Shotgun metagenomics of soil invertebrate communities reflects taxonomy, biomass, and reference genome properties

Ecol Evol. 2022 Jun 6;12(6):e8991. doi: 10.1002/ece3.8991. eCollection 2022 Jul.

ABSTRACT

Metagenomics – shotgun sequencing of all DNA fragments from a community DNA extract – is routinely used to describe the composition, structure, and function of microorganism communities. Advances in DNA sequencing and the availability of genome databases increasingly allow the use of shotgun metagenomics on eukaryotic communities. Metagenomics offers major advances in the recovery of biomass relationships in a sample, in comparison to taxonomic marker gene-based approaches (metabarcoding). However, little is known about the factors which influence metagenomics data from eukaryotic communities, such as differences among organism groups, the properties of reference genomes, and genome assemblies.We evaluated how shotgun metagenomics records composition and biomass in artificial soil invertebrate communities at different sequencing efforts. We generated mock communities of controlled biomass ratios from 28 species from all major soil mesofauna groups: mites, springtails, nematodes, tardigrades, and potworms. We shotgun sequenced these communities and taxonomically assigned them with a database of over 270 soil invertebrate genomes.We recovered over 95% of the species, and observed relatively high false-positive detection rates. We found strong differences in reads assigned to different taxa, with some groups (e.g., springtails) consistently attracting more hits than others (e.g., enchytraeids). Original biomass could be predicted from read counts after considering these taxon-specific differences. Species with larger genomes, and with more complete assemblies, consistently attracted more reads than species with smaller genomes. The GC content of the genome assemblies had no effect on the biomass-read relationships. Results were similar among different sequencing efforts.The results show considerable differences in taxon recovery and taxon specificity of biomass recovery from metagenomic sequence data. The properties of reference genomes and genome assemblies also influence biomass recovery, and they should be considered in metagenomic studies of eukaryotes. We show that low- and high-sequencing efforts yield similar results, suggesting high cost-efficiency of metagenomics for eukaryotic communities. We provide a brief roadmap for investigating factors which influence metagenomics-based eukaryotic community reconstructions. Understanding these factors is timely as accessibility of DNA sequencing and momentum for reference genomes projects show a future where the taxonomic assignment of DNA from any community sample becomes a reality.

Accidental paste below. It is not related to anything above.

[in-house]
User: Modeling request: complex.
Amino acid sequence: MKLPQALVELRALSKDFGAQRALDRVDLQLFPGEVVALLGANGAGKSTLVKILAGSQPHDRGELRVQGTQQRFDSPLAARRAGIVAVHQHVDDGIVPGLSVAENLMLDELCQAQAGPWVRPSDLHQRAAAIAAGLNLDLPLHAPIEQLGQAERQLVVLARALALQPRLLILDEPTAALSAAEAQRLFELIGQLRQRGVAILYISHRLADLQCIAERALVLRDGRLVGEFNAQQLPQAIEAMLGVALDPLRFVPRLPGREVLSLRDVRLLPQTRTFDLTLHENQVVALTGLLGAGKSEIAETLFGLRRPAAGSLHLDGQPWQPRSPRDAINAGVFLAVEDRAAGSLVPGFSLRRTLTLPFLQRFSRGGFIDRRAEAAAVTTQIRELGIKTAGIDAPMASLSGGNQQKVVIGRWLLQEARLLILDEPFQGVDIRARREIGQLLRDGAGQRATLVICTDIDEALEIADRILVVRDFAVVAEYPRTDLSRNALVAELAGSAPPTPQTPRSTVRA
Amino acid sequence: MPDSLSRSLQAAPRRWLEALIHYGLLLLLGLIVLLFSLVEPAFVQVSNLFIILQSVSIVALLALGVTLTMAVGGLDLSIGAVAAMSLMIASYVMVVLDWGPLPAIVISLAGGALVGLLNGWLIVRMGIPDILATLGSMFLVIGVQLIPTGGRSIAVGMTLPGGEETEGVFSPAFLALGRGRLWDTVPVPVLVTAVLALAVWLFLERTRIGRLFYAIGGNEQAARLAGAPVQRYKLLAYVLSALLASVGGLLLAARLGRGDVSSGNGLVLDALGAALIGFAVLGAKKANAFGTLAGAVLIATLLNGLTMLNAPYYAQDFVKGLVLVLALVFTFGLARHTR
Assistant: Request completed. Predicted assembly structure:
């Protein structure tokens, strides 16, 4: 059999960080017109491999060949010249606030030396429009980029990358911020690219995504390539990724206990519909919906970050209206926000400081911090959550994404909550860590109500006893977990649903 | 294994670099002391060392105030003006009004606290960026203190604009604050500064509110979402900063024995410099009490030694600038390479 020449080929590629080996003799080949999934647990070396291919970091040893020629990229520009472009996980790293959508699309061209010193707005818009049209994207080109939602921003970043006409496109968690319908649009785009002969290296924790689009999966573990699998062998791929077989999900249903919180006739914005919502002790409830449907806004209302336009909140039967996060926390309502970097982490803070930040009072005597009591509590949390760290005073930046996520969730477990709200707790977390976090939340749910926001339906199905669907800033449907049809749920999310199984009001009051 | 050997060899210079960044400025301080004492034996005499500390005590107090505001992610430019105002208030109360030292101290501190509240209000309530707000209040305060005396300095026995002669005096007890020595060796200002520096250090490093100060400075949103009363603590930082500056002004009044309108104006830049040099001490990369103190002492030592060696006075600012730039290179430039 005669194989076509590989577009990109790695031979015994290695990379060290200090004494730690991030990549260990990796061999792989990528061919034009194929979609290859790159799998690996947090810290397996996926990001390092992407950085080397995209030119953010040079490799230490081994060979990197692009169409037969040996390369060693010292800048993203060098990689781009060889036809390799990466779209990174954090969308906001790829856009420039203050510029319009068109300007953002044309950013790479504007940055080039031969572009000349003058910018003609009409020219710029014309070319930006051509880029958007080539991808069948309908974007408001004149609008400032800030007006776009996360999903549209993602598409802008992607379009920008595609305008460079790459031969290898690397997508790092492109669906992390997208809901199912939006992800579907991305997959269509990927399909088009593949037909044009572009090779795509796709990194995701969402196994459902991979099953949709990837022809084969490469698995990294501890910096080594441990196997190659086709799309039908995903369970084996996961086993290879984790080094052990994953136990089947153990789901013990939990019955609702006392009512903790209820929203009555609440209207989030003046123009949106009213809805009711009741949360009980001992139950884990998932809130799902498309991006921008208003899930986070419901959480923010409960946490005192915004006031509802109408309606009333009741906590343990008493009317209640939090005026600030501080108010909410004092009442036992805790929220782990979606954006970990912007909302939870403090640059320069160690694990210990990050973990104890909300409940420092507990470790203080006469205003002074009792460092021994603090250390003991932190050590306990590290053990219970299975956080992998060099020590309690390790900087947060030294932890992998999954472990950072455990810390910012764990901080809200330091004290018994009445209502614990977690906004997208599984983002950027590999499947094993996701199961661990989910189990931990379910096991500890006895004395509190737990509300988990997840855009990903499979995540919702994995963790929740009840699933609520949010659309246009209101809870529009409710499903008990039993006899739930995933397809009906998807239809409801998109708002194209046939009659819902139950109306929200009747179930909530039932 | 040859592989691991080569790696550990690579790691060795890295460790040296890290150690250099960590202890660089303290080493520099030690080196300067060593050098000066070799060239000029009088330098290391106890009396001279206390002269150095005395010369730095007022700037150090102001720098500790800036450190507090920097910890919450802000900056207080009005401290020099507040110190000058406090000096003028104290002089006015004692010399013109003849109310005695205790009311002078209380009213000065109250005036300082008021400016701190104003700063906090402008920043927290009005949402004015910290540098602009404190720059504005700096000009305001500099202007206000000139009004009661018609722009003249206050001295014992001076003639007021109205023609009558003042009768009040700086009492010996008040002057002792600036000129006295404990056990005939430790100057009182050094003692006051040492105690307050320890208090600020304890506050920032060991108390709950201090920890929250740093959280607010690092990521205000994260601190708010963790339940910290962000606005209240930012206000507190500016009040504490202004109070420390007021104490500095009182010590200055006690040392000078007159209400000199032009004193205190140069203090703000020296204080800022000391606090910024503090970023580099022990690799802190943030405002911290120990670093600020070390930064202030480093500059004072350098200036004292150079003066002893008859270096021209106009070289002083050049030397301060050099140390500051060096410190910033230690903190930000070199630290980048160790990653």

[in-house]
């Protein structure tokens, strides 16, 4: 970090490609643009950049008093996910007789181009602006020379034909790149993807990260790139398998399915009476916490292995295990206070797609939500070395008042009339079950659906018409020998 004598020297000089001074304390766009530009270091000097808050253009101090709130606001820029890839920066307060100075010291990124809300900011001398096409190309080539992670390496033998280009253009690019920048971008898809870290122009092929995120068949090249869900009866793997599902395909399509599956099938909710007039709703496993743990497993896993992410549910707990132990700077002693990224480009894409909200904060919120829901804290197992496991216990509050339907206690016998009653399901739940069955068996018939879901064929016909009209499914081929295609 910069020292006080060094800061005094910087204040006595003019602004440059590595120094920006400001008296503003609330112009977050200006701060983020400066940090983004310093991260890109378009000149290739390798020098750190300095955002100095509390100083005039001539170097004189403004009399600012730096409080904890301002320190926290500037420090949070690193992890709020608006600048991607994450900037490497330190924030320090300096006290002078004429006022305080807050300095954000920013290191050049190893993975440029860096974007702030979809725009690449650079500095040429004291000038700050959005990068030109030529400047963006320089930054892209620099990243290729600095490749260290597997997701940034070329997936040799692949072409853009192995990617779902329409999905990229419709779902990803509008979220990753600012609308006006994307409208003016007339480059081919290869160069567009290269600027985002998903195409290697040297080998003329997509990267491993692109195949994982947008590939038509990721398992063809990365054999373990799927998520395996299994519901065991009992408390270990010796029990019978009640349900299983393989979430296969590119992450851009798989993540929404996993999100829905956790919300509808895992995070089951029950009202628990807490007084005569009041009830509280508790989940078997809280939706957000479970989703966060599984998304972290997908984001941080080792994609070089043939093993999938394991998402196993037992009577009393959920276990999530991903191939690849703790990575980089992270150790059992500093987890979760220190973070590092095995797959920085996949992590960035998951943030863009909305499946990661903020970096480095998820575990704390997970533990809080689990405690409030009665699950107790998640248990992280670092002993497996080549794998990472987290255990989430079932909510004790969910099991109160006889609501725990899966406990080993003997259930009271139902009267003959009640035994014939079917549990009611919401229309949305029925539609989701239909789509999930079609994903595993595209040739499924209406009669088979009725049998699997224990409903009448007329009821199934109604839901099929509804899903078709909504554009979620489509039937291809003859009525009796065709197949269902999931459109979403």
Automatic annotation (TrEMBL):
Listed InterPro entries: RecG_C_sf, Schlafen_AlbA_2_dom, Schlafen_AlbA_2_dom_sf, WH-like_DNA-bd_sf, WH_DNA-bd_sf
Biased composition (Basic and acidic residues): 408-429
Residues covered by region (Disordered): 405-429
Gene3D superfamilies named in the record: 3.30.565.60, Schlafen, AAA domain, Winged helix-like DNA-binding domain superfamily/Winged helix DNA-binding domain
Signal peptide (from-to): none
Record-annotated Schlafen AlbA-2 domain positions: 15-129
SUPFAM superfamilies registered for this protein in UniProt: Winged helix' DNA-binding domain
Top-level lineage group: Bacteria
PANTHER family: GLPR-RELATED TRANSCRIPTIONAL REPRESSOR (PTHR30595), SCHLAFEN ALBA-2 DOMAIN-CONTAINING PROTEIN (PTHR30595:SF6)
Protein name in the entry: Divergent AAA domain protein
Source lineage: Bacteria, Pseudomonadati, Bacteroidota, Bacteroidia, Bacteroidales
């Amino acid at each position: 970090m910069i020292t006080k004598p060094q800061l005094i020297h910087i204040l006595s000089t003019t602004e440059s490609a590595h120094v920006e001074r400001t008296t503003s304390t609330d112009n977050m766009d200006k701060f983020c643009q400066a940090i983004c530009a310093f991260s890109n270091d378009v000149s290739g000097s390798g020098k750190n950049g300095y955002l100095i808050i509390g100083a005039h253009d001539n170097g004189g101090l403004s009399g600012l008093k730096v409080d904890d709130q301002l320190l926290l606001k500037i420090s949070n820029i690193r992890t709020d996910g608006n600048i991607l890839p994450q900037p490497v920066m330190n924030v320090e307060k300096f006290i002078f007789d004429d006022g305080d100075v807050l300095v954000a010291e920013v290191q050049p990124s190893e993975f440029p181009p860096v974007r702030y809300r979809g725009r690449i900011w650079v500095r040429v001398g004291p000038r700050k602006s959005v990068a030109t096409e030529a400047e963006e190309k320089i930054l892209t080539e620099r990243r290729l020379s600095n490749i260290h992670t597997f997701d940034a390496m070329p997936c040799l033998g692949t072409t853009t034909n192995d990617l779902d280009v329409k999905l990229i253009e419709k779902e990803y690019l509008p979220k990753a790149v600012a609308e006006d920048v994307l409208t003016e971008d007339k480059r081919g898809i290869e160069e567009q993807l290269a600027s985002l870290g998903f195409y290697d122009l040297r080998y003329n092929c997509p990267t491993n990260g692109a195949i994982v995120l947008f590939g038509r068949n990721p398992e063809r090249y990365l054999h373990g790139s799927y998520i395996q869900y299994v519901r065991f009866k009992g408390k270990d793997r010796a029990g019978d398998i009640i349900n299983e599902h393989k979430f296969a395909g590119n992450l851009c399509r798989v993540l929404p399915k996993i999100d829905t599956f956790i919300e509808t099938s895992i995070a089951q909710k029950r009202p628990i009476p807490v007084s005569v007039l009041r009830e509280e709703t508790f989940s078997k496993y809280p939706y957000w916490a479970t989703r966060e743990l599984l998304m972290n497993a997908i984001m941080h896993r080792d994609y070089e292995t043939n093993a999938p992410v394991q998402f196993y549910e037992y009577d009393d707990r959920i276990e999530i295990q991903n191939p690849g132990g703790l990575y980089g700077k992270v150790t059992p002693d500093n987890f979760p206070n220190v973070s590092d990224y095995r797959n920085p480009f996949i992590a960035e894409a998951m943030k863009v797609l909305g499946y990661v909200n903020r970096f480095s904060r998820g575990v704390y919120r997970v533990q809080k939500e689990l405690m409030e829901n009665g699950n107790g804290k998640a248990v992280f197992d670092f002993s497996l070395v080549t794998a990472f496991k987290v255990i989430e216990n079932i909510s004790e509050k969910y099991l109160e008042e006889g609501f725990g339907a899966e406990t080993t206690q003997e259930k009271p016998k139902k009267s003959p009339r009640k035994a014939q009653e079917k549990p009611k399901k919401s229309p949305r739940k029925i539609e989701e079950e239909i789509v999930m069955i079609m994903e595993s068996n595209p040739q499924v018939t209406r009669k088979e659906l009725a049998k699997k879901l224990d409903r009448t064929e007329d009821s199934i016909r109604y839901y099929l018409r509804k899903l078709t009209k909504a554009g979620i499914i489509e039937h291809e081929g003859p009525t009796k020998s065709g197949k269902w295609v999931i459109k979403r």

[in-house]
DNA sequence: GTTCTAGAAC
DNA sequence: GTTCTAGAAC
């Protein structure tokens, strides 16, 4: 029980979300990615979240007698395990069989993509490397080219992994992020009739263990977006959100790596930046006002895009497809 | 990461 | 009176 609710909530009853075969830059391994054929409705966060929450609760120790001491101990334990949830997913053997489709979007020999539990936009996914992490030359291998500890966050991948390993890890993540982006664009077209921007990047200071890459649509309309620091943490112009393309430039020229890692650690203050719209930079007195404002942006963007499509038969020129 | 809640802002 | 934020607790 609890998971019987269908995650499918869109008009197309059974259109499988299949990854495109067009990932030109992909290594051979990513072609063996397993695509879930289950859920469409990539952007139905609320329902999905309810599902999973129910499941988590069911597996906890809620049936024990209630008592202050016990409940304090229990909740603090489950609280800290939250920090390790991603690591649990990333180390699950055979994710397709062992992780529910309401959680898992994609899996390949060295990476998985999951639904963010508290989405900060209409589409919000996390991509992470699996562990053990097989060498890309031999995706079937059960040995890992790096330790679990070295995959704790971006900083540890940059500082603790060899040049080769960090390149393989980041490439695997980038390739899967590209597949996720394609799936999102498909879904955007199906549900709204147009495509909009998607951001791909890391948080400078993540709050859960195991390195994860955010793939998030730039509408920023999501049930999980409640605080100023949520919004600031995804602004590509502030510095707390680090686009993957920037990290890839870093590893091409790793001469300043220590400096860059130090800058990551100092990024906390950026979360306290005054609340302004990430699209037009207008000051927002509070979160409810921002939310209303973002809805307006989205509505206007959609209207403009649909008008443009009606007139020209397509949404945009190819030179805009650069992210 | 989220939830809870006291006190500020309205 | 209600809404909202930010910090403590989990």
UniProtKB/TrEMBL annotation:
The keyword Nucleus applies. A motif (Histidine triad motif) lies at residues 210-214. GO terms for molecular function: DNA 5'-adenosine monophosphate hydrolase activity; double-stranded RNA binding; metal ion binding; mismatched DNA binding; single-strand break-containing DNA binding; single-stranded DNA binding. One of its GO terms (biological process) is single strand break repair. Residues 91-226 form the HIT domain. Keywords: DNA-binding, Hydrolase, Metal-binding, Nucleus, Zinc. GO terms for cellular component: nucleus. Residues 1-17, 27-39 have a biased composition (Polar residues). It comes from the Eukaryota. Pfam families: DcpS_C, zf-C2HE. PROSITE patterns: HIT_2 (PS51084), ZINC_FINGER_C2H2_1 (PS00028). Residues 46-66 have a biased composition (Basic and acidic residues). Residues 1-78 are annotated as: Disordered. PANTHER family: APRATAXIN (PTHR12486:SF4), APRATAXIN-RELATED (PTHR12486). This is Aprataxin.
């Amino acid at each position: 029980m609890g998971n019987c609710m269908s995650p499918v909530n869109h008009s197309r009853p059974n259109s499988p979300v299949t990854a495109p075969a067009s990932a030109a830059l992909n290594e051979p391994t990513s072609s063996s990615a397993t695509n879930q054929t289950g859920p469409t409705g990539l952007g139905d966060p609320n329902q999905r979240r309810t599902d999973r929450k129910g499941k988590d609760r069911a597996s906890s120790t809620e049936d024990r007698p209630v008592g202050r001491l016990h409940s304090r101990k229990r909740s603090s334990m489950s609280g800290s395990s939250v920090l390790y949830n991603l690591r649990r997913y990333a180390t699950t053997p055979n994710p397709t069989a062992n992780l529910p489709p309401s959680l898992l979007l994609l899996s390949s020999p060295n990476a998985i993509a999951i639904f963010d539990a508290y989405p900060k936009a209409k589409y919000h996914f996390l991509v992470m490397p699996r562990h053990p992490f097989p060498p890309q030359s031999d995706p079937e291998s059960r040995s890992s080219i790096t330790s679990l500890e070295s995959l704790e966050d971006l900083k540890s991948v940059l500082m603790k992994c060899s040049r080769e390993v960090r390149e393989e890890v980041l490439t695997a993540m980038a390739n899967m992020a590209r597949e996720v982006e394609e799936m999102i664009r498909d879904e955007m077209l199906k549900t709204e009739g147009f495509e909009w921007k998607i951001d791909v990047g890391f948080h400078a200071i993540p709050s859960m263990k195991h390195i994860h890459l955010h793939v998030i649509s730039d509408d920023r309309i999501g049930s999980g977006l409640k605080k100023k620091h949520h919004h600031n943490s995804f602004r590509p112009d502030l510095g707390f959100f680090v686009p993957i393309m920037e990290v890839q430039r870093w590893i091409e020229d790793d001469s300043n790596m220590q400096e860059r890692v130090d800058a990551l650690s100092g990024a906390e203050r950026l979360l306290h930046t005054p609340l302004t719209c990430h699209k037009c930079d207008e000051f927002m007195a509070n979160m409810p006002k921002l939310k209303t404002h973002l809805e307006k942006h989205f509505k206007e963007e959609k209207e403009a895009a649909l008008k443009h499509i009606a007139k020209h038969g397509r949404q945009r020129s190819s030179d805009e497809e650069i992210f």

PMID:35784064 | PMC:PMC9170594 | DOI:10.1002/ece3.8991

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